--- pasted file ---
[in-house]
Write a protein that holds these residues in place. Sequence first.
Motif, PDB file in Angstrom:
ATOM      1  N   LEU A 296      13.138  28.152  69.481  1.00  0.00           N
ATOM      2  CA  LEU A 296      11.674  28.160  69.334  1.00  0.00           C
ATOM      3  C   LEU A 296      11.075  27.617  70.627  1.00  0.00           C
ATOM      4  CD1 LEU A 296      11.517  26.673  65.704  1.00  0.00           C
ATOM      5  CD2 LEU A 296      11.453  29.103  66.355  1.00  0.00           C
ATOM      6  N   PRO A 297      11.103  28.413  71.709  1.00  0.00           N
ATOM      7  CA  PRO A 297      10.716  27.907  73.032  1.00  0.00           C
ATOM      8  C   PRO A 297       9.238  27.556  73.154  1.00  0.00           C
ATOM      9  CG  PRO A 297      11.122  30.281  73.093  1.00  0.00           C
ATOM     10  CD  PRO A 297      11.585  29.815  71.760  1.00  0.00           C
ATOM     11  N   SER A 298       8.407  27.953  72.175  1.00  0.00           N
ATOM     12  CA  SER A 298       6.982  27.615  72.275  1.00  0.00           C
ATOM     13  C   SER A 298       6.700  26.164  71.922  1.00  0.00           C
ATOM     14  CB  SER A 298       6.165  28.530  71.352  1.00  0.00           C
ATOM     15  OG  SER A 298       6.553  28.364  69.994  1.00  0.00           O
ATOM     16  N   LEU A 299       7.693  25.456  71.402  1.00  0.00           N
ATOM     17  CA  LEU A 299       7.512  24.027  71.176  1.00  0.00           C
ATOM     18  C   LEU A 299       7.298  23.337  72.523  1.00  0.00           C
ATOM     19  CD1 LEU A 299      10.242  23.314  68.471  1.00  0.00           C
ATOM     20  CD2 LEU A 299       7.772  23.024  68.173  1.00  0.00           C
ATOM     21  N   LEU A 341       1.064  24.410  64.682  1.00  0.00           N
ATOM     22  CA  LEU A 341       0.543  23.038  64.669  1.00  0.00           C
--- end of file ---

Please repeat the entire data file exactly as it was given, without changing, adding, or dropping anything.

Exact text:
[in-house]
Write a protein that holds these residues in place. Sequence first.
Motif, PDB file in Angstrom:
ATOM      1  N   LEU A 296      13.138  28.152  69.481  1.00  0.00           N
ATOM      2  CA  LEU A 296      11.674  28.160  69.334  1.00  0.00           C
ATOM      3  C   LEU A 296      11.075  27.617  70.627  1.00  0.00           C
ATOM      4  CD1 LEU A 296      11.517  26.673  65.704  1.00  0.00           C
ATOM      5  CD2 LEU A 296      11.453  29.103  66.355  1.00  0.00           C
ATOM      6  N   PRO A 297      11.103  28.413  71.709  1.00  0.00           N
ATOM      7  CA  PRO A 297      10.716  27.907  73.032  1.00  0.00           C
ATOM      8  C   PRO A 297       9.238  27.556  73.154  1.00  0.00           C
ATOM      9  CG  PRO A 297      11.122  30.281  73.093  1.00  0.00           C
ATOM     10  CD  PRO A 297      11.585  29.815  71.760  1.00  0.00           C
ATOM     11  N   SER A 298       8.407  27.953  72.175  1.00  0.00           N
ATOM     12  CA  SER A 298       6.982  27.615  72.275  1.00  0.00           C
ATOM     13  C   SER A 298       6.700  26.164  71.922  1.00  0.00           C
ATOM     14  CB  SER A 298       6.165  28.530  71.352  1.00  0.00           C
ATOM     15  OG  SER A 298       6.553  28.364  69.994  1.00  0.00           O
ATOM     16  N   LEU A 299       7.693  25.456  71.402  1.00  0.00           N
ATOM     17  CA  LEU A 299       7.512  24.027  71.176  1.00  0.00           C
ATOM     18  C   LEU A 299       7.298  23.337  72.523  1.00  0.00           C
ATOM     19  CD1 LEU A 299      10.242  23.314  68.471  1.00  0.00           C
ATOM     20  CD2 LEU A 299       7.772  23.024  68.173  1.00  0.00           C
ATOM     21  N   LEU A 341       1.064  24.410  64.682  1.00  0.00           N
ATOM     22  CA  LEU A 341       0.543  23.038  64.669  1.00  0.00           C